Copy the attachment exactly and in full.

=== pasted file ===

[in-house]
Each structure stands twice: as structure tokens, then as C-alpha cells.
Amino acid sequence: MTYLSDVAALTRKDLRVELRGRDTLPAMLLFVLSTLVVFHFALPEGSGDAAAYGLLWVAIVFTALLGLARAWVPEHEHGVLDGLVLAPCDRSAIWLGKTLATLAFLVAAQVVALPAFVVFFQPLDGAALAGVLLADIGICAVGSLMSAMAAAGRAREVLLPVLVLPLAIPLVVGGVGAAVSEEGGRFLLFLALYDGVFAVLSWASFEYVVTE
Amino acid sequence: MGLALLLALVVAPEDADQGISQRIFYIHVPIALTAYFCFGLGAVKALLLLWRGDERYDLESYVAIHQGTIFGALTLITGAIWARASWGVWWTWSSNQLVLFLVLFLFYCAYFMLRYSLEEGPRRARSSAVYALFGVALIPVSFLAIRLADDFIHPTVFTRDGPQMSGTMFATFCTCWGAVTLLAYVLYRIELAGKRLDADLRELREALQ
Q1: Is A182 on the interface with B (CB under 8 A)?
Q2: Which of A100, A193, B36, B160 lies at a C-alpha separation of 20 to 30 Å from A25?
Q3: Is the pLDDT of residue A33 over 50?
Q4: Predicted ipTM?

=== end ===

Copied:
[in-house]
Each structure stands twice: as structure tokens, then as C-alpha cells.
Amino acid sequence: MTYLSDVAALTRKDLRVELRGRDTLPAMLLFVLSTLVVFHFALPEGSGDAAAYGLLWVAIVFTALLGLARAWVPEHEHGVLDGLVLAPCDRSAIWLGKTLATLAFLVAAQVVALPAFVVFFQPLDGAALAGVLLADIGICAVGSLMSAMAAAGRAREVLLPVLVLPLAIPLVVGGVGAAVSEEGGRFLLFLALYDGVFAVLSWASFEYVVTE
Amino acid sequence: MGLALLLALVVAPEDADQGISQRIFYIHVPIALTAYFCFGLGAVKALLLLWRGDERYDLESYVAIHQGTIFGALTLITGAIWARASWGVWWTWSSNQLVLFLVLFLFYCAYFMLRYSLEEGPRRARSSAVYALFGVALIPVSFLAIRLADDFIHPTVFTRDGPQMSGTMFATFCTCWGAVTLLAYVLYRIELAGKRLDADLRELREALQ
Q1: Is A182 on the interface with B (CB under 8 A)?
Q2: Which of A100, A193, B36, B160 lies at a C-alpha separation of 20 to 30 Å from A25?
Q3: Is the pLDDT of residue A33 over 50?
Q4: Predicted ipTM?